- Rural Access
- Skills Development & Education
- Governance & Peace
- Sustainable & Inclusive Economies
- Environment & Climate Change
- Emergency Response
In part one of our blog post, we wrote about the different ‘oops’ moments of 45 colleagues. In part two, we discuss if these colleagues shared their oops moments with others. We also show the importance of cultivating organisational culture for learning and innovation to make individual experiences more valuable. After all, learning and innovation is helped or hindered by the surrounding system.
Do you owe it to anyone else to share a failure story? The majority of the colleagues did share their experiences with others. This showed that they took failure as a ‘badge of honour’. As two different respondents neatly put it, ‘it is often small things like this that help us improve what we do’ and ‘if I know my weaknesses, I am able to find my own strategies to slightly and continuously adapt the way of working.’ Fear, embarrassment, and intolerance of failure drives our learning underground and hinders innovation. And this is summed up by a colleague in her frank response:
‘I dare to ask the “stupid questions” others think they would not ask, because they do not want to look stupid. Why could I allow myself to “look stupid”? It is always easier to do this when you are new in a function, in a team, in a country – it is more difficult to ask those kind of questions when you are “supposed to know”. I must admit, I ask such questions sometimes on purpose to stimulate reflection…’
Some saw it as a bone-chilling event that causes much self-criticism, and when it does happen, they hold onto it. Even though past successes are said to be built on routinely experienced failures, few colleagues hesitated to share their oops moments for fear of being interpreted as a sign of weakness or seen as less authentic. One colleague’s initial reaction to oops moments was ‘to put them away as quickly as possible; you know something did not go right and simply do not want to think or reflect upon it any further: it is uncomfortable talking about them.’
For others, it is when they are not afraid of ‘making a mistake’ that they are open and ready to experience new things and push themselves out of the comfort zone. Such fear can cause us to unconsciously disrupt our chances of success: ‘there seems to be a perception that we are all experts and we should know answers and solutions to questions and challenges’. Others believed that it is not a full-blown fear of failure that holds them back from sharing their oops moments, but rather to share the oops moments with an audience that can appreciate them and the lessons they bring: ‘it is better to talk with a few like-minded people who are close to me, understand what I want, know the institution really well and therefore can anticipate such chains of reactions.’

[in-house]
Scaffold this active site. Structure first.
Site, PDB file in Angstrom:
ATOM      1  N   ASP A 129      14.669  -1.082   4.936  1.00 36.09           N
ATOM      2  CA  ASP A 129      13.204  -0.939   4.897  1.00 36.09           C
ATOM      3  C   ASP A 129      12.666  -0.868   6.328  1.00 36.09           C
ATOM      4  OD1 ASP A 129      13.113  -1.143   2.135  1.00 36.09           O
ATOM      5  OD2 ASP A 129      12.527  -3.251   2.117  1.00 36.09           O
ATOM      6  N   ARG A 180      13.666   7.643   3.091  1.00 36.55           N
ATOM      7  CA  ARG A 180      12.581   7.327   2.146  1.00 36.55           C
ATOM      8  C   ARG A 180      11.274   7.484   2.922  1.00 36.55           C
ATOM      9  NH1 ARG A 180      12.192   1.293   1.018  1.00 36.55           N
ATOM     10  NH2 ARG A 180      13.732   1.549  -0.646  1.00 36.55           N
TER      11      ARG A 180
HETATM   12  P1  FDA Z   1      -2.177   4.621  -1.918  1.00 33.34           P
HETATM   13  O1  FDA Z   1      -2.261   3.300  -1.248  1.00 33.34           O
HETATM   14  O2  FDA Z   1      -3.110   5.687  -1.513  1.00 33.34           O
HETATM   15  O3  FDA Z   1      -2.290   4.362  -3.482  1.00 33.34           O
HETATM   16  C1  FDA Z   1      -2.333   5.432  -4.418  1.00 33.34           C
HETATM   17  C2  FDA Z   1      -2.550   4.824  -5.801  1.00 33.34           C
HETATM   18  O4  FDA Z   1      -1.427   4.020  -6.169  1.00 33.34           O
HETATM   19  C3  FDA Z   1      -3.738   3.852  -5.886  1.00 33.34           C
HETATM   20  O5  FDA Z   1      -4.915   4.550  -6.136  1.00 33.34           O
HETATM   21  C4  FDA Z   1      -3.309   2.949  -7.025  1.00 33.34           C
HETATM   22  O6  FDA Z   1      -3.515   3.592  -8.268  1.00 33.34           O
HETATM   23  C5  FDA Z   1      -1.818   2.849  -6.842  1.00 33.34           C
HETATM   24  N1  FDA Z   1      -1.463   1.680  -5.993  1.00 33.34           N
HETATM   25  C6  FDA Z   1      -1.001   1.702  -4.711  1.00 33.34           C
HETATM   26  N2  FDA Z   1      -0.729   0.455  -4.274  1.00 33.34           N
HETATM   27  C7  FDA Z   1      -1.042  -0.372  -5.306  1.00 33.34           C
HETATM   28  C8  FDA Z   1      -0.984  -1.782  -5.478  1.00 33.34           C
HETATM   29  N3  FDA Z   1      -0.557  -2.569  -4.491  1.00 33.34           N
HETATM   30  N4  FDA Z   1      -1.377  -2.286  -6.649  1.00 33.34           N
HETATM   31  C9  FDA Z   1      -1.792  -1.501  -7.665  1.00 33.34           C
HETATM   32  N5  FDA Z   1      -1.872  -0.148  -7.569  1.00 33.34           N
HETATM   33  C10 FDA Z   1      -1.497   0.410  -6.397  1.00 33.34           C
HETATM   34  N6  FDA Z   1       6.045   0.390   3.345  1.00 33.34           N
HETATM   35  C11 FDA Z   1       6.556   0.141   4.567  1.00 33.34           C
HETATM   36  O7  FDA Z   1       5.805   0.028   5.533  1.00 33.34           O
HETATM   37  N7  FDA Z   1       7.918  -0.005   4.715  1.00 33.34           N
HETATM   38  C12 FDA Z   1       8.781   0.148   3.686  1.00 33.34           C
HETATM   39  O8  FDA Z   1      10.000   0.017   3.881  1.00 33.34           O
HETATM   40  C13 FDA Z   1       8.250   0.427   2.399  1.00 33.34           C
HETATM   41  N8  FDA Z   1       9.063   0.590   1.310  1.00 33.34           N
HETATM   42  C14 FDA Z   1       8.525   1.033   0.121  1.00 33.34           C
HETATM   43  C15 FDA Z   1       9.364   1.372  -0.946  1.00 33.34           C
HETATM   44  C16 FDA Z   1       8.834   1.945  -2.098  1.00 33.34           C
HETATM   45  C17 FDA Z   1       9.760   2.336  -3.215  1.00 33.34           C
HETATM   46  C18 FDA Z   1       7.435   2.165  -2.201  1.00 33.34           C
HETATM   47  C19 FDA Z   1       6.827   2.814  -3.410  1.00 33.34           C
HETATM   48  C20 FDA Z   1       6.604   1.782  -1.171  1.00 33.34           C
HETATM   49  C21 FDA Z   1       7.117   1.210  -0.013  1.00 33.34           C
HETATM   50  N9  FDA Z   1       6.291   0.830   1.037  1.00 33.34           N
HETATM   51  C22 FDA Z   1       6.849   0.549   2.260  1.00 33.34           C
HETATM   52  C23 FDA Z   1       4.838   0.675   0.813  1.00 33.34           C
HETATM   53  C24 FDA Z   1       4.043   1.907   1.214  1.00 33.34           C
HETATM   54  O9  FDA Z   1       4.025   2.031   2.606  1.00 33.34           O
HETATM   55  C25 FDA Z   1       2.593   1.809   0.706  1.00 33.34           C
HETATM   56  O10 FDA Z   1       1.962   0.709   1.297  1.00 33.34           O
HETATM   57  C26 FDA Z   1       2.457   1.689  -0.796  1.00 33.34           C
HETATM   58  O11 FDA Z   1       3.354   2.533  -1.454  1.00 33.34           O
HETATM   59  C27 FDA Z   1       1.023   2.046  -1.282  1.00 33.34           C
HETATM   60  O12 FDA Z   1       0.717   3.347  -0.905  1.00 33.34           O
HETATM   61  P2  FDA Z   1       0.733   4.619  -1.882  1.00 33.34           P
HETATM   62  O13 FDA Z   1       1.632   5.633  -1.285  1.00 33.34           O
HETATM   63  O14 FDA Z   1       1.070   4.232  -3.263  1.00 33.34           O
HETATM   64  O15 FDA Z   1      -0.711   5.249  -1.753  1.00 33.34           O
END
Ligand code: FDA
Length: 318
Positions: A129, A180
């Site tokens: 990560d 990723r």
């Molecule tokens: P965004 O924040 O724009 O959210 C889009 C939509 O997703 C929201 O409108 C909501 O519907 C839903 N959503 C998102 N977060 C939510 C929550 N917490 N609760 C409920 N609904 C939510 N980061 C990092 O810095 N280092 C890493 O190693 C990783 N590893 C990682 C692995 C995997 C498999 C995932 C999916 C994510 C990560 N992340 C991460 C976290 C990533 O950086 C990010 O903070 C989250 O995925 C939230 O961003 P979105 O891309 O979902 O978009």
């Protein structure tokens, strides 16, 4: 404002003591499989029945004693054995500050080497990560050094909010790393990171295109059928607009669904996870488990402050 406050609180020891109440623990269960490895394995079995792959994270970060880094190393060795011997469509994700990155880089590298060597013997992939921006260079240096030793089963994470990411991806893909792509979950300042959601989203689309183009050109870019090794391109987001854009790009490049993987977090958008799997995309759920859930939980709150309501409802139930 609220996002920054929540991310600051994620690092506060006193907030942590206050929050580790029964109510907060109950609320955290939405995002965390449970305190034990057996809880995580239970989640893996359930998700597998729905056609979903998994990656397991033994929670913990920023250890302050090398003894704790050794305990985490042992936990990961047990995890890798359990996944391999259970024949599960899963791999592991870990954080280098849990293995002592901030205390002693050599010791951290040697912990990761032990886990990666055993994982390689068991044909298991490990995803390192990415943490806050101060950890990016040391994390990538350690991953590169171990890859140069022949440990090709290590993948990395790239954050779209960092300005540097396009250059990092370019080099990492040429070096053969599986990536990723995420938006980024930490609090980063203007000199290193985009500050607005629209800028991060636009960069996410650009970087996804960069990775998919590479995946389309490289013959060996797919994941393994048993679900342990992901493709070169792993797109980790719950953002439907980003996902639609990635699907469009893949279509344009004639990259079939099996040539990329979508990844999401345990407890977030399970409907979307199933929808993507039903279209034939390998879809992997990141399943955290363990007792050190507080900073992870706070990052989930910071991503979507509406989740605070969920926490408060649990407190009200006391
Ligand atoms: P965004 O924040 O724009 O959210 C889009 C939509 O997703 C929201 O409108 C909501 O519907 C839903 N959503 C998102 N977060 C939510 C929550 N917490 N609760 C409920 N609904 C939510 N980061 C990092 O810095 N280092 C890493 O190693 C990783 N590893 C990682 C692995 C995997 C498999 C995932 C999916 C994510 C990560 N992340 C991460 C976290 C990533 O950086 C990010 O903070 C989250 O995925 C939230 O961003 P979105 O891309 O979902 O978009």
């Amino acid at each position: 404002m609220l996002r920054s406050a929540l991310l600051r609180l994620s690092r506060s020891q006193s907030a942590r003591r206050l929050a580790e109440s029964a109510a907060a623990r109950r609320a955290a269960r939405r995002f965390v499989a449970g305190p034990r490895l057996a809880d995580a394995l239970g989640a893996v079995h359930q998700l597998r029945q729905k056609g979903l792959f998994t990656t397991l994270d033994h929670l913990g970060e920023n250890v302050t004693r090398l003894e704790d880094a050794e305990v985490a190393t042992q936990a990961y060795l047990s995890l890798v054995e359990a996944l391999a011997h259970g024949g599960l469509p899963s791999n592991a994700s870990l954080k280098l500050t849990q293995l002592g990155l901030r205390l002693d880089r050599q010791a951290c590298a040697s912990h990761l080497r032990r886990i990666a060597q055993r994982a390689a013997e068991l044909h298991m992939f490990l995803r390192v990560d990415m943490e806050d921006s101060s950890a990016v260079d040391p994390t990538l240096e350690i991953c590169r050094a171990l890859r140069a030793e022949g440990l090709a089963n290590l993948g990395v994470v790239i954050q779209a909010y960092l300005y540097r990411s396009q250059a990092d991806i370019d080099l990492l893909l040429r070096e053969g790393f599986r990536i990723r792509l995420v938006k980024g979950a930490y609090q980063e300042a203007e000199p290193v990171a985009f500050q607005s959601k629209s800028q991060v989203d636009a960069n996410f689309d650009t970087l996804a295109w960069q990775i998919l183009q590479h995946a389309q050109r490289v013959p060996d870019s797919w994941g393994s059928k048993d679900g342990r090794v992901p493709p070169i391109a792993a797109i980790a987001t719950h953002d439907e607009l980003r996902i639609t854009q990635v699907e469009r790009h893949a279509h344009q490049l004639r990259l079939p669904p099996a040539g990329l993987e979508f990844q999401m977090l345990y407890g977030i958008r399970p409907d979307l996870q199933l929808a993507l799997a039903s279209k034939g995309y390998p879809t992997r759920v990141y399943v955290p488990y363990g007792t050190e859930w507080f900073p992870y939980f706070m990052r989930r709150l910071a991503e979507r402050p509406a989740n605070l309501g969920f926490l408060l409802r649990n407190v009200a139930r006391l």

At the organisational level, perhaps shoestring budgets and the funding structures of development organisations make it difficult to admit failure, as it is not clear whether sharing failure will be rewarded or penalised.
‘Previous colleagues from a donor of a project that I have been working were very understanding and they encouraged us to share the good and the bad. With the change of staff, things have also changed. With a growing chorus of critics of development and tightening of budgets, I am now more concerned about meeting the targets and satisfying the donor and stakeholders than talking about failures…’
Some colleagues working in the field who described their experience as ‘failing well’ did not share the experience with their partners ‘because we did not want to stir up trouble’. Yet they believed that the experience made team members ‘more open minded when someone came along with a proposal to start something new to achieve similar goals’… and this led to an intervention that we are now very happy with.’ This confirms the experience of another colleague: ‘I have learned most in “the stress zone” where oops moments are integral part of it.’
Learning and innovation is helped or hindered by the surrounding system. Therefore the importance of learning and innovation from oops moments has more value when individual experiences are linked to organisational culture. This means, organisations and leaders will need to proactively nurture learning and innovation for employees to ‘bounce back from the low moments by putting their experiences in perspective for learning.’ Without this, the experiences will remain limited to few individuals who dare and feel ‘safe’ to share their oops moments.
The exchange with 45 colleagues on different oops moments has been a useful, even stimulating, drive for our better work. The respondents have strong faith and pride in their work and the vision of their organisation. A number of events in the past, even though not intended to talk about failures and learning, served as opportunities to share oops moments; no one tried to shove them under the rug.
Several respondents welcomed the exchange but emphasised they ‘miss often the spaces to openly discuss…and use opportunities (e.g. team meetings) for more than sharing information and include exchanges on oops moments.’ Others have concerns that ‘encouraging failure’ will lead team members to ‘dodge their responsibilities’, and that they are fine leaving the experiences as they are.
Overall, there is a genuine interest to kick-start the process for a more open and honest conversation for ‘future-proofing’ continuous learning and innovation. This is expected to create ‘more trust among colleagues within the organisation’, says one of the respondents, and for the purpose of, concludes another, ‘letting others fail without letting them be failures so that we will be more conditioned to celebrate many more wow moments.’